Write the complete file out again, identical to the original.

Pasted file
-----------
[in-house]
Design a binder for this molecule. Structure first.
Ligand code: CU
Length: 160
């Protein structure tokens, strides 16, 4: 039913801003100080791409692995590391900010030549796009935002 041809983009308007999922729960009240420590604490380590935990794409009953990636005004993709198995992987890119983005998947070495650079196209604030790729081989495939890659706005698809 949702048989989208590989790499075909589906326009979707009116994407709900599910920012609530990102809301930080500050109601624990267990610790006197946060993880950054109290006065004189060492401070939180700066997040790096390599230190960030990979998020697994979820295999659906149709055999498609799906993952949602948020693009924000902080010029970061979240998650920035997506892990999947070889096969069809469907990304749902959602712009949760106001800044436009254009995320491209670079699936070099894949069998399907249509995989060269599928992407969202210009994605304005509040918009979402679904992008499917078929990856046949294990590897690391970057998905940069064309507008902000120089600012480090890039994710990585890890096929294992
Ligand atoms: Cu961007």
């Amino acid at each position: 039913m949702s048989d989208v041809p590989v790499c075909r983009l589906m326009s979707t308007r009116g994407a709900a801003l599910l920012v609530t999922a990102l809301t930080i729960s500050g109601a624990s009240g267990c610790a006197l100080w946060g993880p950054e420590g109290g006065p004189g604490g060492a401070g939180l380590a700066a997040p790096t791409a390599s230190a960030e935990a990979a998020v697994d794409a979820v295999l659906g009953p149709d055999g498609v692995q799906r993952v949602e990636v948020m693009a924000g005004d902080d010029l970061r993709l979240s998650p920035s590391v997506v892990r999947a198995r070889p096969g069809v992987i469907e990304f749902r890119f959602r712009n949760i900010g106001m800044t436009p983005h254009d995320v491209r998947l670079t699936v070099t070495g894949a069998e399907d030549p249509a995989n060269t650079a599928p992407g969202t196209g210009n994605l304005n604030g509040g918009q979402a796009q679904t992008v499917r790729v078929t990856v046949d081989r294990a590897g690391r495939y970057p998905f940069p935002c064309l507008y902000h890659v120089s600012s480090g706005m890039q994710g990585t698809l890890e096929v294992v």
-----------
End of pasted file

[in-house]
Design a binder for this molecule. Structure first.
Ligand code: CU
Length: 160
């Protein structure tokens, strides 16, 4: 039913801003100080791409692995590391900010030549796009935002 041809983009308007999922729960009240420590604490380590935990794409009953990636005004993709198995992987890119983005998947070495650079196209604030790729081989495939890659706005698809 949702048989989208590989790499075909589906326009979707009116994407709900599910920012609530990102809301930080500050109601624990267990610790006197946060993880950054109290006065004189060492401070939180700066997040790096390599230190960030990979998020697994979820295999659906149709055999498609799906993952949602948020693009924000902080010029970061979240998650920035997506892990999947070889096969069809469907990304749902959602712009949760106001800044436009254009995320491209670079699936070099894949069998399907249509995989060269599928992407969202210009994605304005509040918009979402679904992008499917078929990856046949294990590897690391970057998905940069064309507008902000120089600012480090890039994710990585890890096929294992
Ligand atoms: Cu961007």
């Amino acid at each position: 039913m949702s048989d989208v041809p590989v790499c075909r983009l589906m326009s979707t308007r009116g994407a709900a801003l599910l920012v609530t999922a990102l809301t930080i729960s500050g109601a624990s009240g267990c610790a006197l100080w946060g993880p950054e420590g109290g006065p004189g604490g060492a401070g939180l380590a700066a997040p790096t791409a390599s230190a960030e935990a990979a998020v697994d794409a979820v295999l659906g009953p149709d055999g498609v692995q799906r993952v949602e990636v948020m693009a924000g005004d902080d010029l970061r993709l979240s998650p920035s590391v997506v892990r999947a198995r070889p096969g069809v992987i469907e990304f749902r890119f959602r712009n949760i900010g106001m800044t436009p983005h254009d995320v491209r998947l670079t699936v070099t070495g894949a069998e399907d030549p249509a995989n060269t650079a599928p992407g969202t196209g210009n994605l304005n604030g509040g918009q979402a796009q679904t992008v499917r790729v078929t990856v046949d081989r294990a590897g690391r495939y970057p998905f940069p935002c064309l507008y902000h890659v120089s600012s480090g706005m890039q994710g990585t698809l890890e096929v294992v």